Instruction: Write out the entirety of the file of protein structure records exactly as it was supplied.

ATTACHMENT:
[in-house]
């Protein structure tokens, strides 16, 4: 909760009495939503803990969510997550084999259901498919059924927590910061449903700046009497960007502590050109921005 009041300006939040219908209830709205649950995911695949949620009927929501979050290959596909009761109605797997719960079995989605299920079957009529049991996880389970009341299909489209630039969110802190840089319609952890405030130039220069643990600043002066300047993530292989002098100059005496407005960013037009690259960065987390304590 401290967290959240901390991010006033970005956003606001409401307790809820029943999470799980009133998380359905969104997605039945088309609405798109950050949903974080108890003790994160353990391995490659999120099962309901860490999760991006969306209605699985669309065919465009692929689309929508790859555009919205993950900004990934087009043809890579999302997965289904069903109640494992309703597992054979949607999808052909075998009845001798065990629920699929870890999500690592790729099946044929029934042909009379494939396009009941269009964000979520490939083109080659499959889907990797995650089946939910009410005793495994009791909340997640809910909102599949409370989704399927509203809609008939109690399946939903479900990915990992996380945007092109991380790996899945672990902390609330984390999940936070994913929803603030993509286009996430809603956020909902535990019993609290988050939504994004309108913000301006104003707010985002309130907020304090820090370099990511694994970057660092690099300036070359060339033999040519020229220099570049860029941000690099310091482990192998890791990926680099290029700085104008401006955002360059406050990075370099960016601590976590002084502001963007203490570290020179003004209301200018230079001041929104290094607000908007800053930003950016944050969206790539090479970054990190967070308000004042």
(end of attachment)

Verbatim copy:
[in-house]
């Protein structure tokens, strides 16, 4: 909760009495939503803990969510997550084999259901498919059924927590910061449903700046009497960007502590050109921005 009041300006939040219908209830709205649950995911695949949620009927929501979050290959596909009761109605797997719960079995989605299920079957009529049991996880389970009341299909489209630039969110802190840089319609952890405030130039220069643990600043002066300047993530292989002098100059005496407005960013037009690259960065987390304590 401290967290959240901390991010006033970005956003606001409401307790809820029943999470799980009133998380359905969104997605039945088309609405798109950050949903974080108890003790994160353990391995490659999120099962309901860490999760991006969306209605699985669309065919465009692929689309929508790859555009919205993950900004990934087009043809890579999302997965289904069903109640494992309703597992054979949607999808052909075998009845001798065990629920699929870890999500690592790729099946044929029934042909009379494939396009009941269009964000979520490939083109080659499959889907990797995650089946939910009410005793495994009791909340997640809910909102599949409370989704399927509203809609008939109690399946939903479900990915990992996380945007092109991380790996899945672990902390609330984390999940936070994913929803603030993509286009996430809603956020909902535990019993609290988050939504994004309108913000301006104003707010985002309130907020304090820090370099990511694994970057660092690099300036070359060339033999040519020229220099570049860029941000690099310091482990192998890791990926680099290029700085104008401006955002360059406050990075370099960016601590976590002084502001963007203490570290020179003004209301200018230079001041929104290094607000908007800053930003950016944050969206790539090479970054990190967070308000004042």